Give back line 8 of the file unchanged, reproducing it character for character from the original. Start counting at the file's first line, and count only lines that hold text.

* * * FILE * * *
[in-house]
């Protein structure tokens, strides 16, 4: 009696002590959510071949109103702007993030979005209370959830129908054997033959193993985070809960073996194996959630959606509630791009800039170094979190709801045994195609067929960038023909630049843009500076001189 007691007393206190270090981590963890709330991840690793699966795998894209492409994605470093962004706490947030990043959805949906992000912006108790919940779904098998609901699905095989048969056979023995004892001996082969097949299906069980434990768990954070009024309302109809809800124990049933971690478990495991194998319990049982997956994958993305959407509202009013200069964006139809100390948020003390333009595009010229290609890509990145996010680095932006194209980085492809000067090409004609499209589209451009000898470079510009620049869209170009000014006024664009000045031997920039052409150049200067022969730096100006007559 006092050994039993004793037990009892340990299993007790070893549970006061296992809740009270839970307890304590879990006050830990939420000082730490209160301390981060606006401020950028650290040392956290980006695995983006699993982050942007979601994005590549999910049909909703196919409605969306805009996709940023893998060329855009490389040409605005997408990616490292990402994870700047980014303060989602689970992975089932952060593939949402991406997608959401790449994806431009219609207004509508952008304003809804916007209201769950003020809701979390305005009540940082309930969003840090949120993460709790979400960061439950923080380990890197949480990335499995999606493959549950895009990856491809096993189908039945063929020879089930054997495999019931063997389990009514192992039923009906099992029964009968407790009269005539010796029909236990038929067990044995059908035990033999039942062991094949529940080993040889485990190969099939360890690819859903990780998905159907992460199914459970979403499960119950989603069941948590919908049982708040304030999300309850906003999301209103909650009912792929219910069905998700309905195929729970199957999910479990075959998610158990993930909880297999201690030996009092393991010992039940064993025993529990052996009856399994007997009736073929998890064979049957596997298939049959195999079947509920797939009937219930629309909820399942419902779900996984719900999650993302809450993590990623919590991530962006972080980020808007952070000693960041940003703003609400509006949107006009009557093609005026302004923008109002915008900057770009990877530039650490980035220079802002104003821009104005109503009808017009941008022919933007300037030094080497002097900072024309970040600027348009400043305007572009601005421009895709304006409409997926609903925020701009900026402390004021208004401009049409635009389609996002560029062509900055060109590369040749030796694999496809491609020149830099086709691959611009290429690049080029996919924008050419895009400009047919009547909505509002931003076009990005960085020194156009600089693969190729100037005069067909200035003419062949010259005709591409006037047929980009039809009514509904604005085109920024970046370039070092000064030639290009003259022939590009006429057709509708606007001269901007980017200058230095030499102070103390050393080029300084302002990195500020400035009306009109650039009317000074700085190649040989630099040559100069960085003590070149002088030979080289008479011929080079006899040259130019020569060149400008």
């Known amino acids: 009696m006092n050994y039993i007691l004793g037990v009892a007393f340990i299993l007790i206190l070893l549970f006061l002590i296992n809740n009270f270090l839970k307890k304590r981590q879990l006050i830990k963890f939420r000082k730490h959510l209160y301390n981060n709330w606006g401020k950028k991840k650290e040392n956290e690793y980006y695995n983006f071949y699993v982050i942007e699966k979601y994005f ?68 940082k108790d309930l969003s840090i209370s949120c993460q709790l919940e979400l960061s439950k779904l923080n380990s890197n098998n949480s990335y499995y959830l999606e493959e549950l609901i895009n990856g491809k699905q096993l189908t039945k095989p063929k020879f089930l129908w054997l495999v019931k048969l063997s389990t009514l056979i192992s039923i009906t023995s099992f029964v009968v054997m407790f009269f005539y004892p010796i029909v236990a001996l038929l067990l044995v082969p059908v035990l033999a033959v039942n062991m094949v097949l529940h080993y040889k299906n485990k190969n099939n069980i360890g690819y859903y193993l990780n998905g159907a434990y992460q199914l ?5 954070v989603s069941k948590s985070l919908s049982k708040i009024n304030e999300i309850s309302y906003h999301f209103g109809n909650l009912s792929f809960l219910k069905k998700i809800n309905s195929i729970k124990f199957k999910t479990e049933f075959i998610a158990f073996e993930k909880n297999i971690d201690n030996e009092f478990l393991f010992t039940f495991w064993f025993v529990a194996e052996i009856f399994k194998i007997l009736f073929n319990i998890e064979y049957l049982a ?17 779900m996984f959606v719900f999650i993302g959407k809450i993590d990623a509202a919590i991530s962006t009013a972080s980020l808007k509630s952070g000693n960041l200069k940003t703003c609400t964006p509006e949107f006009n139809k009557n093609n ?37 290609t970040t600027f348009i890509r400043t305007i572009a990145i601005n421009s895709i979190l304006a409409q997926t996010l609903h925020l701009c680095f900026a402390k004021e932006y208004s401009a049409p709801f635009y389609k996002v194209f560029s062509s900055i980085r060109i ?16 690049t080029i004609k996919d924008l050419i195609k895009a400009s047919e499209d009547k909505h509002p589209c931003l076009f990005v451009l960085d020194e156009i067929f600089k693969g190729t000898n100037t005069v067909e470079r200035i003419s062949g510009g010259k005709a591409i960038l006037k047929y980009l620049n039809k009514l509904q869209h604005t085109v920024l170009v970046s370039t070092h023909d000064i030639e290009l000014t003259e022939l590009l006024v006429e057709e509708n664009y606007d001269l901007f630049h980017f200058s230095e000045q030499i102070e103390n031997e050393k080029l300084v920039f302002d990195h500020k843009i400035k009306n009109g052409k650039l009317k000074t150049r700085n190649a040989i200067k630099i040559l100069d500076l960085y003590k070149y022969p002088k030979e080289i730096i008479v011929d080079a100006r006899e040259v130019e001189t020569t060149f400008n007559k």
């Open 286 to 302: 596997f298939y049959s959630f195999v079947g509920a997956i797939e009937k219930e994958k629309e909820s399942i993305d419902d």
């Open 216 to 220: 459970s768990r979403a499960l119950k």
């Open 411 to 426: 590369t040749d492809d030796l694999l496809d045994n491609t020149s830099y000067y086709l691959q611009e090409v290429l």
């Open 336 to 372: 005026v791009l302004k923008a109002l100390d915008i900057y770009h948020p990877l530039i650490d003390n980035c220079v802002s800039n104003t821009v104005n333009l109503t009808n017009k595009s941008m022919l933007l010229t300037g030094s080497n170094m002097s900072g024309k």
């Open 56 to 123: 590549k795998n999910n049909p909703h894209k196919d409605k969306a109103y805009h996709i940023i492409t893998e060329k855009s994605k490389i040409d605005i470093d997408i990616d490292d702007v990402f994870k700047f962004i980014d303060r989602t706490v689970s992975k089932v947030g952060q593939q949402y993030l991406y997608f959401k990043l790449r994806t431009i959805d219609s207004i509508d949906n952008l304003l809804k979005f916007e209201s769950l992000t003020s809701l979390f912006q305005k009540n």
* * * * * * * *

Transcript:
């Open 56 to 123: 590549k795998n999910n049909p909703h894209k196919d409605k969306a109103y805009h996709i940023i492409t893998e060329k855009s994605k490389i040409d605005i470093d997408i990616d490292d702007v990402f994870k700047f962004i980014d303060r989602t706490v689970s992975k089932v947030g952060q593939q949402y993030l991406y997608f959401k990043l790449r994806t431009i959805d219609s207004i509508d949906n952008l304003l809804k979005f916007e209201s769950l992000t003020s809701l979390f912006q305005k009540n």